Wednesday, October 6, 2010

Grilled Cheesus

Here's the most recent episode of the show Glee on Hulu: http://www.hulu.com/watch/181761/glee-grilled-cheesus

Ahem. Original reaction:

Goddammit. Yes you can live in reality! I love looking at representations of religion, but Glee... The only characters that express atheistic sentiments are the big bad Sue and deeply troubled Kurt. All normal people consent to believe in something bigger than themselves. Atheists are sad and troubled while religious people have comfort in groups. This isn't some sort of injustice, but it's not the way I want to see our culture's general opinion on religion. Can't it be okay to just not believe in God?

After composing self:

Glee had a religion episode! Whooooo!

Religion's complicated for sure, so I understand that, no matter what they showed, it would not be polarized enough for those of us with opinions about religion. I'm sure that the creators of Glee, for practical and moral reasons, did not want to distance any part of their audience. So we get a show that seems to make atheists look like spiritual people waiting to happen. This is corroborated by quotes from the show's co-creator, Ryan Murphey. From Wikipedia:

Sue's philosophical argument with Emma about religion is the scene that Murphy is "most proud to have been involved with in [his] entire career." Explaining Sue's stance on religion, he stated: "Sue's an atheist, but I love that she doesn't want to be. She and [Kurt] are both saying to the world, 'Prove us wrong: If God is kindness and love, make me believe in God.'"Murphy felt it would have been easy to have Kurt sing an anti-religious song, but instead chose to have him sing about his faith in love.

Murphey also said that there were plans to include a Christian character because, "if we're trying to form a world of inclusiveness, we've got to include that point of view as well."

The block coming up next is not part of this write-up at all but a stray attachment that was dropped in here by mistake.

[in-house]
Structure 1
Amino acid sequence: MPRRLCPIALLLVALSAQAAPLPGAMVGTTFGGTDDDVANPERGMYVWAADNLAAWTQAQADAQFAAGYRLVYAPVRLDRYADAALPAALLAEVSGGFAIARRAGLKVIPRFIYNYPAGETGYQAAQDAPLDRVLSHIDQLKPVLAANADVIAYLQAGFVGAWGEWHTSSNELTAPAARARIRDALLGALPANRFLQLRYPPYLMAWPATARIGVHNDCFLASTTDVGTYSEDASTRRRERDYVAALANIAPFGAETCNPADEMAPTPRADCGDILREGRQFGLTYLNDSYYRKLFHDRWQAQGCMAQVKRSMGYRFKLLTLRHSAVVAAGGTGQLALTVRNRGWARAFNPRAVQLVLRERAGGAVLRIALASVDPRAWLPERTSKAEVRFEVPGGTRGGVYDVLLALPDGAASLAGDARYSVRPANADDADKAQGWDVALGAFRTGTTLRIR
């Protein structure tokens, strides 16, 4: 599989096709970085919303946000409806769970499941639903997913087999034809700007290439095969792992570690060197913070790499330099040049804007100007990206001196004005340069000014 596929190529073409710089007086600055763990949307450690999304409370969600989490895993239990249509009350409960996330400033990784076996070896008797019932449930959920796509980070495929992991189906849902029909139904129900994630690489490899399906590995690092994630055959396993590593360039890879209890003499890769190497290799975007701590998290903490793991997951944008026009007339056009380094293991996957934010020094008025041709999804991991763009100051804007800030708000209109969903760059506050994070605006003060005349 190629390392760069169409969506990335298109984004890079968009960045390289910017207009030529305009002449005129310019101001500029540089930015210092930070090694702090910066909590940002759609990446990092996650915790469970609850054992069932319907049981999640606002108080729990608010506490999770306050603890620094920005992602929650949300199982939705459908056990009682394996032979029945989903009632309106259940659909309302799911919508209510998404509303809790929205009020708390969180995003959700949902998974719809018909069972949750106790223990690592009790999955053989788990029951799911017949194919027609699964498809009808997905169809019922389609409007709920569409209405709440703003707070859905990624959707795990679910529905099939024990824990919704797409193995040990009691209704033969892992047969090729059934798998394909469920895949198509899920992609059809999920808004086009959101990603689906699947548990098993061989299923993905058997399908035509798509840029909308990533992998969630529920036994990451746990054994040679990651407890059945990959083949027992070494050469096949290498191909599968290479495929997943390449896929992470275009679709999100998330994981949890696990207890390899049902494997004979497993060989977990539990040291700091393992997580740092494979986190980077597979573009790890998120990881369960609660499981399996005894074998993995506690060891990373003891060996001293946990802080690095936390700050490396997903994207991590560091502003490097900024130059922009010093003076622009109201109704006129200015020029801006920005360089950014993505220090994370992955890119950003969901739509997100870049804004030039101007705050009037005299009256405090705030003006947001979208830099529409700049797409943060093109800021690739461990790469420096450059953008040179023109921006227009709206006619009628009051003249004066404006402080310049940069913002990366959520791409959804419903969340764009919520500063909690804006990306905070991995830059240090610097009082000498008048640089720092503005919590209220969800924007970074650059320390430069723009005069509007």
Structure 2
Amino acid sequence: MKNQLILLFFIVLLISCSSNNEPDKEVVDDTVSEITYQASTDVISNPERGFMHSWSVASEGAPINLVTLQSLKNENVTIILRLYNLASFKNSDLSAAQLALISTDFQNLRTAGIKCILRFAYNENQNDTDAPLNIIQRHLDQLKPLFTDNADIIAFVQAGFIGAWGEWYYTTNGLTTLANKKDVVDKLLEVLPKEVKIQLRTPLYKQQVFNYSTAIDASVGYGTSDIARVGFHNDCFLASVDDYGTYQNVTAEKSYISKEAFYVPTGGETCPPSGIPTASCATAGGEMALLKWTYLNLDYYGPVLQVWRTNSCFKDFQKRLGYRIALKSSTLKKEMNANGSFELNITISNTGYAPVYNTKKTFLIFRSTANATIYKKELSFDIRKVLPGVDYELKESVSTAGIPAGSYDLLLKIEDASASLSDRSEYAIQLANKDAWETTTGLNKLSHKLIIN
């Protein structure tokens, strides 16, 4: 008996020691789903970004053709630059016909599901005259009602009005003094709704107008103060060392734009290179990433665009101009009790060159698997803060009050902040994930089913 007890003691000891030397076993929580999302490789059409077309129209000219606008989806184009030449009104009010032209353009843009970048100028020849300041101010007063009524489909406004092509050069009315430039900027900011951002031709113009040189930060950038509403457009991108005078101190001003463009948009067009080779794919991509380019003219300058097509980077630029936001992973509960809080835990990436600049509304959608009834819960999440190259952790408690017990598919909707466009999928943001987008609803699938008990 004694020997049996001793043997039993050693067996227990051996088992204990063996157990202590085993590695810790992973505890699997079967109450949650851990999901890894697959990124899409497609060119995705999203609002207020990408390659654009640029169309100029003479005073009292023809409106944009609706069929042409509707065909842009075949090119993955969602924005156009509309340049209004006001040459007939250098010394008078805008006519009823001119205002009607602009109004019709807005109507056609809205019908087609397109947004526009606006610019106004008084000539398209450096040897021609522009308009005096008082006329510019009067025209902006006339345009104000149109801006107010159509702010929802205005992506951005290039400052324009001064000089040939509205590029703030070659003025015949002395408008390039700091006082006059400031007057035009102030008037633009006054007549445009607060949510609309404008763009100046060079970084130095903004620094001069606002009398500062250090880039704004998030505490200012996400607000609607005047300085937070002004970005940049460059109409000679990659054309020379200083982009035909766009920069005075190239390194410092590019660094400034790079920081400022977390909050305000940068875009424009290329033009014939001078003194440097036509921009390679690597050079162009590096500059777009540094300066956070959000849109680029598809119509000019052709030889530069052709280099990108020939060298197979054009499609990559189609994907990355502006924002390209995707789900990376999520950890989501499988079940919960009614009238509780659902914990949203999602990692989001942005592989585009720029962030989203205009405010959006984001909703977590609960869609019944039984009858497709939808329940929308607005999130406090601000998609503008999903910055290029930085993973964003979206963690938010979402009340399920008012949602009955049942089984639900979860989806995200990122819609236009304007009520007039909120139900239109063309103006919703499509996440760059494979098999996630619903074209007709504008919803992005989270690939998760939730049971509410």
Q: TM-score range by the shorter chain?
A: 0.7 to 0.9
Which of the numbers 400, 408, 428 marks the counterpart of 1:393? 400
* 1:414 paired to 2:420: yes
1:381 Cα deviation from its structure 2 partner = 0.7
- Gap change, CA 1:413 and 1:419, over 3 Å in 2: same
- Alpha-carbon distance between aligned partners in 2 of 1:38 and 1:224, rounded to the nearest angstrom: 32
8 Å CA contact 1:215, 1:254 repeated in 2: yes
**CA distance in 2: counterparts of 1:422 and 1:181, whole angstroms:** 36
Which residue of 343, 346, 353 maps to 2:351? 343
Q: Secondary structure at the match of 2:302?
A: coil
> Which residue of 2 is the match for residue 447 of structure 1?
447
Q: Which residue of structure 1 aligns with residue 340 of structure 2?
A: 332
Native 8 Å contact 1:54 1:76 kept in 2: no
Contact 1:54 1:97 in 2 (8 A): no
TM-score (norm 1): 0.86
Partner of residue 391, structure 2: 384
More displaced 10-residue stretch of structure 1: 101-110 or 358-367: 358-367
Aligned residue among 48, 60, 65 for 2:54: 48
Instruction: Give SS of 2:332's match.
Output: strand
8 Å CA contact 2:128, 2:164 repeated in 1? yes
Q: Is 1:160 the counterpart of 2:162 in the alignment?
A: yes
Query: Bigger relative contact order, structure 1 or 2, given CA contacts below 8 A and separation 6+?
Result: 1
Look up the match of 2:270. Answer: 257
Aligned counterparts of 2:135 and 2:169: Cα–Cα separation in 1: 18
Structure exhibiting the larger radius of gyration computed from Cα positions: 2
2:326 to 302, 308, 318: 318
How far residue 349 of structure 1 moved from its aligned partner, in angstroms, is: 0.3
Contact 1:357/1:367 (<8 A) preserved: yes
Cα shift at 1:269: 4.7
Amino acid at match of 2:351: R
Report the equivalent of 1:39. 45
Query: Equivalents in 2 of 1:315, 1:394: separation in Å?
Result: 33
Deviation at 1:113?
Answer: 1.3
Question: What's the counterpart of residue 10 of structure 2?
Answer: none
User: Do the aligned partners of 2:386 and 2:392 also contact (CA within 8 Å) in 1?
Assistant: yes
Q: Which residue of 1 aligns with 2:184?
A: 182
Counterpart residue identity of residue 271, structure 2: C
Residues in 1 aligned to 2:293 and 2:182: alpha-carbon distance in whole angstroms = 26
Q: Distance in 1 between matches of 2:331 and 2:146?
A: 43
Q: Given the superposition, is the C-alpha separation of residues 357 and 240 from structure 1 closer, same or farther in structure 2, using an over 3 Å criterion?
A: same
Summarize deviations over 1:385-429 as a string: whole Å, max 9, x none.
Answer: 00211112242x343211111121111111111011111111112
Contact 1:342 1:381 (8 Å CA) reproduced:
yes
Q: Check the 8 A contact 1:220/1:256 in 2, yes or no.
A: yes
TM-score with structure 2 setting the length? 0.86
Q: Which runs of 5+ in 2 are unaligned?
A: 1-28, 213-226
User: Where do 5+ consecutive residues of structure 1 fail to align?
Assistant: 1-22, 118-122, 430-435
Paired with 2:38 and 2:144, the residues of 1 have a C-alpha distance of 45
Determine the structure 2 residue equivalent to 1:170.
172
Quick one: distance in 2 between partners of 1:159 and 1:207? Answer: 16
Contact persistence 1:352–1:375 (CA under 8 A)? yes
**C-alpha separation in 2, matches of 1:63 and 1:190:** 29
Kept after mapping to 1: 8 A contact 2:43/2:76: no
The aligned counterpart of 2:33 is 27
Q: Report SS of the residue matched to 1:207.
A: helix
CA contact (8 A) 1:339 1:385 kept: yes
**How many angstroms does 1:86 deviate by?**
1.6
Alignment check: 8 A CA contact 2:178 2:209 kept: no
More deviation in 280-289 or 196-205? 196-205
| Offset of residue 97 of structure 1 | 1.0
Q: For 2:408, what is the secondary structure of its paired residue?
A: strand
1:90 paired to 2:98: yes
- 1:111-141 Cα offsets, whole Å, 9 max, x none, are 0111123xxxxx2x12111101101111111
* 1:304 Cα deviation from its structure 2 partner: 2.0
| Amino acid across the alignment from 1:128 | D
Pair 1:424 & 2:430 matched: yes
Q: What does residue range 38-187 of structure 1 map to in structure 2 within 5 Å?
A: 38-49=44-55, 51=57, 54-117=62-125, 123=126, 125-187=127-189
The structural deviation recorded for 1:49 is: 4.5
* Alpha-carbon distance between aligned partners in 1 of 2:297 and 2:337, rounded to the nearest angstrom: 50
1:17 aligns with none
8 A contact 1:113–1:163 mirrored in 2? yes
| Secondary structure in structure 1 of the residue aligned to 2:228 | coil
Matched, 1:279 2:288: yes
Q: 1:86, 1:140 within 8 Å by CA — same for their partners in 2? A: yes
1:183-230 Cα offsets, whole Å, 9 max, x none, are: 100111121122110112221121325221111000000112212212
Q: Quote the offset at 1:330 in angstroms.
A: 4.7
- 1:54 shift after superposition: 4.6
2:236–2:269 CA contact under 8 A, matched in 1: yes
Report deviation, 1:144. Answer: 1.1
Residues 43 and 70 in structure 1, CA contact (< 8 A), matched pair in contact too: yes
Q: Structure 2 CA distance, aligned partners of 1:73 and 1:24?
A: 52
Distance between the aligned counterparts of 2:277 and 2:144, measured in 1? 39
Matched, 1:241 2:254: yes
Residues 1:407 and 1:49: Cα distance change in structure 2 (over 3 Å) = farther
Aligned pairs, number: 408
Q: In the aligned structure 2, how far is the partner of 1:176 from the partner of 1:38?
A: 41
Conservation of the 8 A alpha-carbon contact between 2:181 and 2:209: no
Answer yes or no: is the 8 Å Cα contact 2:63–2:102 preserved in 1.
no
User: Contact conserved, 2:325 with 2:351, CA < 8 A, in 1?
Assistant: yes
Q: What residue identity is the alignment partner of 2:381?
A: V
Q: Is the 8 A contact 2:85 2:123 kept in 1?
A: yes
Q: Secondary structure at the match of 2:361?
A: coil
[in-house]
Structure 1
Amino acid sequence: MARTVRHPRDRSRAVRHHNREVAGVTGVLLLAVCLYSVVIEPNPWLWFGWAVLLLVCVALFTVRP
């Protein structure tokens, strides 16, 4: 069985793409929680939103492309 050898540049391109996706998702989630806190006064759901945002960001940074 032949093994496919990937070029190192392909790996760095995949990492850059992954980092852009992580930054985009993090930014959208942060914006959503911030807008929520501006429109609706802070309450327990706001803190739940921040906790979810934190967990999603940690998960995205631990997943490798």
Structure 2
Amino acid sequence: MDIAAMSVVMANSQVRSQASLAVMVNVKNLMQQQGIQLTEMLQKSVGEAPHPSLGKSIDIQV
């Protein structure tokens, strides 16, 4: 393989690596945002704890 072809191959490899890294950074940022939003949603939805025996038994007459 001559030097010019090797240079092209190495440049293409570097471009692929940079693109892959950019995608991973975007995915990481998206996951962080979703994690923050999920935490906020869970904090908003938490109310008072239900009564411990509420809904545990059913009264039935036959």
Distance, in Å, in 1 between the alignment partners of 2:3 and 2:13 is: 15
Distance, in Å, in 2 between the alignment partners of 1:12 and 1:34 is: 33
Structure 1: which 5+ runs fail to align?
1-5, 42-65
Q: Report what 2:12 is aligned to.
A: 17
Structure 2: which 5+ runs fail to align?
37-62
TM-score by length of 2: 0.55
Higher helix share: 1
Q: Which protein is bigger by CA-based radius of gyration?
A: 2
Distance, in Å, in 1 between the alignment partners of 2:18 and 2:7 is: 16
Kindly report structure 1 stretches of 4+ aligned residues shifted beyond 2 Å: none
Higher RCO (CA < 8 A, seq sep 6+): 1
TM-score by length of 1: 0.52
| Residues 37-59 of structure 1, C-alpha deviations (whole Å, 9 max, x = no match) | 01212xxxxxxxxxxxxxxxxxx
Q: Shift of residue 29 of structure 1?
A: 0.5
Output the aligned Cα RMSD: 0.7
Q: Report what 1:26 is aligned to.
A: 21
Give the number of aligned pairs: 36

Glee is a pretty good thermometer of social opinion, from what I can tell but it's probably also setting a lot of trends. Kurt's father didn't miraculously wake up after prayers and Kurt didn't cave to the emotional pressure of believing in God after a rather emotional confrontation about belief. Having Kurt as a strong atheist with "faith in love" is excellent. I do wish that there was an atheist represented who wasn't bitter, but I suppose that's the type of thing that only a show that specifically sought to improve the appearance of atheism would do. Glee isn't supposed to be controversial. It's a happy show "about inclusiveness." I'm not sure that taking Glee too seriously will do anyone any good. So overall, I love that they made the show. They could have used their massive popularity to prevent atheists from looking like assholes, but it's okay that they didn't--- I'll still enjoy Glee.

PS: I'm not touching the whole Jesus on the Sandwich thing.

Ancient News.

The Daily Tar Heel had a comic of Lady Gaga wearing the meat dress and saying "Don't treat me like a piece of meat." I like that she did this because it is outrageous and interesting. I like that she makes me think. Her life (at least publicly) is performance art. I imagine that someone I know would say that the dress was disgusting, especially since he doesn't like Lady Gaga to start with. There are a multiplicity of ways to view another person's action or an event. Lady Gaga had intentions when she commissioned this dress. Some interpretations of the event may be closer to her intent, though that doesn't make them righter.

If someone were to examine the implications of Lady Gaga's meat dress on animal rights activism, historical precedents for this fashion-of-the-absurd, and Lady Gaga's personal history, they would come to a more full understanding of the causal factors leading to this event. If that is what you are looking for, then the afore-explained examination would be the solution.

Observation: There are a multiplicty of opinions about Lady Gaga's meat dress.

Question: Is any opinion more correct than another?

Answer: An opinion is not a fact. An opinion cannot be right or wrong. I can disagree with an opinion based on the assumption that the person bases their opinion in a false fact. For example, if a chick says that she hates Lady Gaga for wearing the meat dress I might assume that she wants animals to be respected and treated fairly and thinks that Lady Gaga has no concern for animals. I might, in response to my assumption, ask if she holds this mistaken belief and then quote an interview of Lady Gaga in which the performer stated: "Well, it is certainly no disrespect to anyone that is vegan or vegetarian. As you know, I am the most judgment-free human being on the earth," said Gaga. "However, it has many interpretations but for me this evening. If we don't stand up for what we believe in and if we don't fight for our rights, pretty soon we're going to have as much rights as the meat on our own bones. And, I am not a piece of meat."